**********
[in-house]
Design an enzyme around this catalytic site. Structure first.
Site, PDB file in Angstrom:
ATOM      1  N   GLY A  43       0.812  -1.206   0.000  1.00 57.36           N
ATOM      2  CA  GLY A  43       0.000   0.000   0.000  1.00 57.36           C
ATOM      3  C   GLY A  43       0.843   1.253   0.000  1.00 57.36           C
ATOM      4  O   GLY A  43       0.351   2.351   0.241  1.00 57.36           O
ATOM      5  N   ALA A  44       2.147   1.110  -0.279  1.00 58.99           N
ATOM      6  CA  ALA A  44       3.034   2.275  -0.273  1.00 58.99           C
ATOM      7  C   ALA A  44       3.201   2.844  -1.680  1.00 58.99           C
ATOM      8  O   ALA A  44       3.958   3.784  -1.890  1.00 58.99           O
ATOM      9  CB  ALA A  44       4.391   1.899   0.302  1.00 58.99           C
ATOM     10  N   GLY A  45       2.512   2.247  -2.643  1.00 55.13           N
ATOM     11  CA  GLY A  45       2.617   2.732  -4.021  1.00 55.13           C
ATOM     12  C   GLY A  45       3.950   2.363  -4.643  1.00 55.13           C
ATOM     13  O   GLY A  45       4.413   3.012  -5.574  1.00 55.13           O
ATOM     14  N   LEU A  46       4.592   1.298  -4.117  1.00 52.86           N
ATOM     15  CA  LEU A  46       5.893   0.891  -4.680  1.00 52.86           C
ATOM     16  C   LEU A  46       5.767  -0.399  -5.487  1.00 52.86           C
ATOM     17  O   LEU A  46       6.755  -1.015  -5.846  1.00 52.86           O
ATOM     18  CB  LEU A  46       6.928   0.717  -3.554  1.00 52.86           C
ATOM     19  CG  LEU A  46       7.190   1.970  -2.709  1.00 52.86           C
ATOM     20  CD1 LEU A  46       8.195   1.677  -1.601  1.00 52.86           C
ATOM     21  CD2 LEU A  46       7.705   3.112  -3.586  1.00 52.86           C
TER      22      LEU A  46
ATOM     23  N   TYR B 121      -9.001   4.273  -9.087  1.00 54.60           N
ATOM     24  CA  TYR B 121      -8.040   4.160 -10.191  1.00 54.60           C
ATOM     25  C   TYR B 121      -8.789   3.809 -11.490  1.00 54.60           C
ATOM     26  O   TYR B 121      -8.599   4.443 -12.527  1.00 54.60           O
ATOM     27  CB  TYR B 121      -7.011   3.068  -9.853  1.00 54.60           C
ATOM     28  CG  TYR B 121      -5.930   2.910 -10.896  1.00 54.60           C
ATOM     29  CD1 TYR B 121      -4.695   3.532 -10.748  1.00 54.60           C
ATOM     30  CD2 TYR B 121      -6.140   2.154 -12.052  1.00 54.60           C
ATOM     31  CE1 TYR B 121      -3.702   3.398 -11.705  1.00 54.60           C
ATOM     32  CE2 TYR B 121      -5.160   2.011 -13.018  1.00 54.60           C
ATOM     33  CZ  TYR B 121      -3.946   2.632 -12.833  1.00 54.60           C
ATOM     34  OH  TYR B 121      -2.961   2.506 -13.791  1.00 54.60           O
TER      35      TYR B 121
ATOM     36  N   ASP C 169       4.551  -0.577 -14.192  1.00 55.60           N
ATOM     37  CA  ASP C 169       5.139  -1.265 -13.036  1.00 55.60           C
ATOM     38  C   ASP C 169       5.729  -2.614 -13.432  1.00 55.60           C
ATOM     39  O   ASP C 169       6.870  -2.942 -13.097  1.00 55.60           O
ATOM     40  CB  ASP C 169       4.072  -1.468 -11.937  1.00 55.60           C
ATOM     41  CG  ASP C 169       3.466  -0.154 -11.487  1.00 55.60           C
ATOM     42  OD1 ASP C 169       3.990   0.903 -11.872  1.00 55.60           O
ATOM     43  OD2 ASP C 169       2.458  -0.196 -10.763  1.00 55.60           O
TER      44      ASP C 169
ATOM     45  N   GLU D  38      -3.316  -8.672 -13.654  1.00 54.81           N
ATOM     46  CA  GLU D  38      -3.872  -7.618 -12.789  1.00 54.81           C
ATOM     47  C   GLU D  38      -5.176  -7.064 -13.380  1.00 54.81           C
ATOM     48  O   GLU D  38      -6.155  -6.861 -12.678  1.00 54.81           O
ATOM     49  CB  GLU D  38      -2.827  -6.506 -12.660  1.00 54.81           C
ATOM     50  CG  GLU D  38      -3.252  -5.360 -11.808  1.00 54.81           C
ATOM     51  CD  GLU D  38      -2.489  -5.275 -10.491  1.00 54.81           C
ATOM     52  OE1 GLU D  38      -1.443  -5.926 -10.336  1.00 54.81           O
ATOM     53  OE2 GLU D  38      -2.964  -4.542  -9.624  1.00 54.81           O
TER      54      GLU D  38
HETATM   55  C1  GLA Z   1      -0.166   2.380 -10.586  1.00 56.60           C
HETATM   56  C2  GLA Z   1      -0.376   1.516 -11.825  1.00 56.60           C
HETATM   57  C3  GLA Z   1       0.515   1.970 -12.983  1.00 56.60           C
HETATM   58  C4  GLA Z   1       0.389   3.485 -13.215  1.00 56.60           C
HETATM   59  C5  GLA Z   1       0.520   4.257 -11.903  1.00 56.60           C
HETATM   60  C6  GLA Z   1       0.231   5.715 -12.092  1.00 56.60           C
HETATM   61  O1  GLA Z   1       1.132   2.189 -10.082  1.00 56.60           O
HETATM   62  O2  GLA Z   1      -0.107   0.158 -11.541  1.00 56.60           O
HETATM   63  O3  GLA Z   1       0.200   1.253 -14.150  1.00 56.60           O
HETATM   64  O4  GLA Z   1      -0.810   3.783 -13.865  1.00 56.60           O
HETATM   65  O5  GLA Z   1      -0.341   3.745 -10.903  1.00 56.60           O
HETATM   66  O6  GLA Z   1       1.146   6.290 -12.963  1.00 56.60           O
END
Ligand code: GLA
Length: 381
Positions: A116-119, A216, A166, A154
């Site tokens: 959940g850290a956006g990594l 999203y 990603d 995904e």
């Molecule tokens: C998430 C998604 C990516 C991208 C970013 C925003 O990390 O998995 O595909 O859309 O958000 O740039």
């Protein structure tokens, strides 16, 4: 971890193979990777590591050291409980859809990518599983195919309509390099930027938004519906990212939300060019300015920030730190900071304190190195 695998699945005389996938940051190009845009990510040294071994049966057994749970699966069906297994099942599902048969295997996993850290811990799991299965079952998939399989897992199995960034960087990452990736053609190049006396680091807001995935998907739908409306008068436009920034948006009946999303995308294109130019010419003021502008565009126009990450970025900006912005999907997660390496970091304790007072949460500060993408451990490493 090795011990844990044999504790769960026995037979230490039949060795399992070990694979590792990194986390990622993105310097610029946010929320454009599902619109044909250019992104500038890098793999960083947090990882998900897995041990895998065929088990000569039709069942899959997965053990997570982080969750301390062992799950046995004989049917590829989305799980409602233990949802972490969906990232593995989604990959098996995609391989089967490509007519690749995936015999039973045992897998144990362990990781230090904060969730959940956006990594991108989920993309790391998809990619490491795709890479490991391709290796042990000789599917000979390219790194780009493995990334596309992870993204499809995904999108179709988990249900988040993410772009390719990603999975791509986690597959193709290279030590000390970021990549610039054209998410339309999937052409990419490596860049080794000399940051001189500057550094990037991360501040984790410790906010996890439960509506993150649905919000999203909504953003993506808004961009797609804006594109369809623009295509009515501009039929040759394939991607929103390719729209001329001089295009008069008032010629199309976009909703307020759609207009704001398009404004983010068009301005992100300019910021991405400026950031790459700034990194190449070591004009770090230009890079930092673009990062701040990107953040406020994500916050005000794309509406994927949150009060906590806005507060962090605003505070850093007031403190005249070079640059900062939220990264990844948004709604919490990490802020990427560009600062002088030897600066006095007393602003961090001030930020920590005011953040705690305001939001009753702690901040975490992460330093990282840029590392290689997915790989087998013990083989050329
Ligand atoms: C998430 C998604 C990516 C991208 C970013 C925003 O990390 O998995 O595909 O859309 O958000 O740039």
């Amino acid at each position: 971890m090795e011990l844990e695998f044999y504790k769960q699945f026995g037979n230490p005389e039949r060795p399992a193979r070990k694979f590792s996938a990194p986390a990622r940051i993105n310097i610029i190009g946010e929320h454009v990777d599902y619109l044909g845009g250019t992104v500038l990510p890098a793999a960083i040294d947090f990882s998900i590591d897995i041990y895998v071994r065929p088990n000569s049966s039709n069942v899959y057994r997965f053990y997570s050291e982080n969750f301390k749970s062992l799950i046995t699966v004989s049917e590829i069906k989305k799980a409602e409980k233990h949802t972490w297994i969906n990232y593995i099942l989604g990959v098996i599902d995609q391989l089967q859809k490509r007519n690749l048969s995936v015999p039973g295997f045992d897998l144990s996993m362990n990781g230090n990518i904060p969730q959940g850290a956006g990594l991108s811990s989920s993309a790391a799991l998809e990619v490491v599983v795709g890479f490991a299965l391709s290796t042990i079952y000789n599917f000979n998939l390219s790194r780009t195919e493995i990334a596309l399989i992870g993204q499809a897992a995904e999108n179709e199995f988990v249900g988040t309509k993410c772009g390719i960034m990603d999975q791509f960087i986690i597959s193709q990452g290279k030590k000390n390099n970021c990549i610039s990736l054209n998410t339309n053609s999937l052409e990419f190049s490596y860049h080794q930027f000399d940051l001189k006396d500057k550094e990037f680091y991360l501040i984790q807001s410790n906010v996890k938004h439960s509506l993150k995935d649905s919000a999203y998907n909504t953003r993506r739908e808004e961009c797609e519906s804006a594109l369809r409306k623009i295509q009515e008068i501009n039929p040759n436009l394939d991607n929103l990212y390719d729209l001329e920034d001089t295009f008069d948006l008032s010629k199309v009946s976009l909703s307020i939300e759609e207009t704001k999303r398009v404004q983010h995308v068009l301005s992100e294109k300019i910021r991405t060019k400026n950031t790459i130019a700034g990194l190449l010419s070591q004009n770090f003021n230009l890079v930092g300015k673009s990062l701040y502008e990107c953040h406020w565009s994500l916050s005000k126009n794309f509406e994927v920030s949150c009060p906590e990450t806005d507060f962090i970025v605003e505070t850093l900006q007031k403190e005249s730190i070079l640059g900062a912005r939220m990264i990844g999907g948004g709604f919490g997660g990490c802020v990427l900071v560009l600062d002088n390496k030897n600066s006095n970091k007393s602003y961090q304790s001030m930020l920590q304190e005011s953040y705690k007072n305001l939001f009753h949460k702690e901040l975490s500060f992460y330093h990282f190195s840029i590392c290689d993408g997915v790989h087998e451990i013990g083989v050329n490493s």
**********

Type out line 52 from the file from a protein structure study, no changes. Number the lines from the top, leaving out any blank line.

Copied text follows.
ATOM     49  CB  GLU D  38      -2.827  -6.506 -12.660  1.00 54.81           C